GTX 20w50 probably isn't what they are using....
Castrol – the oil lubrication company – is planning to build development and test facilities for datacenter immersion cooling technology at its UK HQ to support validation programs for its products, and customers. While many will associate Castrol with car engine oil, the company has now turned its thermal management nous to …
> Engine oil may have a lower thermal conductivity than water but as a coolant it has a lot of advantages.
True that. The low conductivity AND capacity hardly matters if you pump fast enough. Higher temperature helps a lot too. (Why we use Glycol in all water-cool engines, even in warm climes.)
Cars grew oil-pumps largely to carry heat out of bearings to allow more RPM and HP. Some WWII aircraft engines had massive oil cooling systems that did more than bearings. It has been said (citation needed, I know) that some Porsche engines were not so much air-cooled as oil-cooled; big air fins limit cylinder bore, more oil-cooling allowed an over-bore without major re-design.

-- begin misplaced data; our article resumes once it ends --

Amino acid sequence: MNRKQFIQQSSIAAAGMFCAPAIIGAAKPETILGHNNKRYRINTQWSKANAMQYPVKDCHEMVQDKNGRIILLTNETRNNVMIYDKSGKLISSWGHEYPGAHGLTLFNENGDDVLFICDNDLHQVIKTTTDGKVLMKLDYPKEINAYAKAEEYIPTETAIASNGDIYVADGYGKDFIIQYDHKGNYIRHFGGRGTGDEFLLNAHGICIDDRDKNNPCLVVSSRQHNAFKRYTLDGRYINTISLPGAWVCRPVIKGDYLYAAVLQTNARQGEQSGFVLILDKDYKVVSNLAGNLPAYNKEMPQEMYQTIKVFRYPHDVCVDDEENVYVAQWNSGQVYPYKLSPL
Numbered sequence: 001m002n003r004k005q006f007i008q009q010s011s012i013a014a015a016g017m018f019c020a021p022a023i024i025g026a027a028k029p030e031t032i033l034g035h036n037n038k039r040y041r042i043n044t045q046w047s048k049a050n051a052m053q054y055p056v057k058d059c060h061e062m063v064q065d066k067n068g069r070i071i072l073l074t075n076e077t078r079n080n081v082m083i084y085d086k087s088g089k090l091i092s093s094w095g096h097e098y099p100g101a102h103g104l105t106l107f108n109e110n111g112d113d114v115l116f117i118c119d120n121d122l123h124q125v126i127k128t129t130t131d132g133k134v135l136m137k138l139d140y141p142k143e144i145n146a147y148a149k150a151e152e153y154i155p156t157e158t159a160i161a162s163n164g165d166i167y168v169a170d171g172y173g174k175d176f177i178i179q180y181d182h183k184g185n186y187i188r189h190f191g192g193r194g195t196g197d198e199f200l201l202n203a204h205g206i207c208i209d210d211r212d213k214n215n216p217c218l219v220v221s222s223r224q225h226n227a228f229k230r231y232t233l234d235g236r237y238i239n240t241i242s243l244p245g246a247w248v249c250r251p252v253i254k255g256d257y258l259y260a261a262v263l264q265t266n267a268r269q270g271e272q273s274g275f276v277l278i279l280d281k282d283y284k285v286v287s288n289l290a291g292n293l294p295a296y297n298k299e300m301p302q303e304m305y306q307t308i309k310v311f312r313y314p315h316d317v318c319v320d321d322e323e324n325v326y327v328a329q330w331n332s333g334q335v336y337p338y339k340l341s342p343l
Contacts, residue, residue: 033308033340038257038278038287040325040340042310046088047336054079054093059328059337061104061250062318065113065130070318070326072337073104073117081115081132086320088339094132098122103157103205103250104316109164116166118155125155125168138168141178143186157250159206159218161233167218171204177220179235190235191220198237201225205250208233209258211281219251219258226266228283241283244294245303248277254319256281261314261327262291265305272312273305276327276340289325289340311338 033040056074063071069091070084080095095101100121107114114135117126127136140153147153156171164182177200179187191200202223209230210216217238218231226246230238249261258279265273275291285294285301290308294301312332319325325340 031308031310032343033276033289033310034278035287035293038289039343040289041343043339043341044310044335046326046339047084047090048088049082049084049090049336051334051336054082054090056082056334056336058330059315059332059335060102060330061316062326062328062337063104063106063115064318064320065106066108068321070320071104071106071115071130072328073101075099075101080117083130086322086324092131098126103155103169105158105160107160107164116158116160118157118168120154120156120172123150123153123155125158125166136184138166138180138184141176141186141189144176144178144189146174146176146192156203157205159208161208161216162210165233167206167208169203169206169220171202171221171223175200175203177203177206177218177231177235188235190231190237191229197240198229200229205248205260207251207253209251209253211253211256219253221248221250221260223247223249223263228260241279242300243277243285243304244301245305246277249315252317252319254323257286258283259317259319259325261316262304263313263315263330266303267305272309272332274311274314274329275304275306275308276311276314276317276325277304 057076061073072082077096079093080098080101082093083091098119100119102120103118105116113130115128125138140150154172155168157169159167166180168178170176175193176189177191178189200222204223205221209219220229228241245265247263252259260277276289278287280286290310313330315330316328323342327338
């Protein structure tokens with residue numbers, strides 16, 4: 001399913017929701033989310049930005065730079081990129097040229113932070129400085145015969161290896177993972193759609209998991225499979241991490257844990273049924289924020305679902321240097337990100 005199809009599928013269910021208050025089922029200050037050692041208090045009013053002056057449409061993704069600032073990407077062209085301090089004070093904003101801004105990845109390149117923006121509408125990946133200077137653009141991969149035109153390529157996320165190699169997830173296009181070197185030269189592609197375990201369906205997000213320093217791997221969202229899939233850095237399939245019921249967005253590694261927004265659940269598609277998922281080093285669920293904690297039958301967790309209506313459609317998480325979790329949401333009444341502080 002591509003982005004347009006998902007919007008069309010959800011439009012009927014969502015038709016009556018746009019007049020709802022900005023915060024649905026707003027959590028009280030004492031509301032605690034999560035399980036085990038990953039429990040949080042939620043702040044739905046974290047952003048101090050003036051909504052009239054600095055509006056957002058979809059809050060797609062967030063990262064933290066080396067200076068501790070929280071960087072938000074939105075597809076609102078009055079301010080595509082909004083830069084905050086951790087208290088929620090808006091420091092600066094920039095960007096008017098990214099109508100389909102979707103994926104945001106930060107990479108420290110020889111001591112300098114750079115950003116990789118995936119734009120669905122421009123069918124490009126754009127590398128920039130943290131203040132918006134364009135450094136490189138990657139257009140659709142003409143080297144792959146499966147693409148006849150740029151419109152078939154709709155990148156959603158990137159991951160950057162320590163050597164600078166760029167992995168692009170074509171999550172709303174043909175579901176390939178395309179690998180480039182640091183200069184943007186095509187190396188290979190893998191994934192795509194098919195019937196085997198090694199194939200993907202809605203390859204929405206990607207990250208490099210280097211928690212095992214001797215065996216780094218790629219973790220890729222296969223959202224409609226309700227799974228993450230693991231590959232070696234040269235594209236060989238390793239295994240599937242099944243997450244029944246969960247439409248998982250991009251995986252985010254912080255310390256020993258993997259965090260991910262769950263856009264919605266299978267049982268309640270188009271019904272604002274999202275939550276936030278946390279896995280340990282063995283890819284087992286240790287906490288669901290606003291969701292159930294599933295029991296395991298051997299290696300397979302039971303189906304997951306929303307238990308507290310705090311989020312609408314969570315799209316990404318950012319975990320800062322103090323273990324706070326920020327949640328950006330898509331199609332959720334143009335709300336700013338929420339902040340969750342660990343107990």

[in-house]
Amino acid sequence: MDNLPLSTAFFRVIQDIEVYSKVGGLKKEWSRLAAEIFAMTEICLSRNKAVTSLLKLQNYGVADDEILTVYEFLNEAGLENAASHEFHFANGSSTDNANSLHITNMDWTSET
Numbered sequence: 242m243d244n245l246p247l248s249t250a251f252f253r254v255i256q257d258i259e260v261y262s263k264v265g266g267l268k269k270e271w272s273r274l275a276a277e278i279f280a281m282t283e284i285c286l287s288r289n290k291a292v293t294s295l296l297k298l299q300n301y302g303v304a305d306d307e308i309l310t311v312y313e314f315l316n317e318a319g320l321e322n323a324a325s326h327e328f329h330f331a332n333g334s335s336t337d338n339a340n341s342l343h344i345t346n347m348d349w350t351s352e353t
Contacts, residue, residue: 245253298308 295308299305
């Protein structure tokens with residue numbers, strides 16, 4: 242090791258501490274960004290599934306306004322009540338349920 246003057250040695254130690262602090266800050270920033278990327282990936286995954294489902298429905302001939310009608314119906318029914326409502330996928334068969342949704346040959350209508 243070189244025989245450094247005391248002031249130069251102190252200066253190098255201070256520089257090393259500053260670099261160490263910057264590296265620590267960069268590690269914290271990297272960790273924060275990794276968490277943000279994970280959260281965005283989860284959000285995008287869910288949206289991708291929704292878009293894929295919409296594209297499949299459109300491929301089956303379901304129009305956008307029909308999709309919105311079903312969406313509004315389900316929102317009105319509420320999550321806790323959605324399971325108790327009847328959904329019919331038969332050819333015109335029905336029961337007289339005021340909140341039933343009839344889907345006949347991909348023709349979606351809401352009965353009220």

And it won't freeze, and won't boil bad at engine temperatures. (Another bootnote: rapid-response interceptors in cold weather speeded warm-up by dumping gasoline/petrol into the oil to thin it so the engine could be spun to start and lessen oil-drag on the climb. When engine was full-hot the gas would boil out. It was hard on engines, but not fatal; not like the other side was trying to do to you. Since CPUs seem to have spurt-burst modes, this might come around again.)
"OVHcloud detailed how it has developed its own cooling technology using a mix of water and immersion systems."
Yeah, well, OVH might not want to use oil in datacentres which catch fire. :-)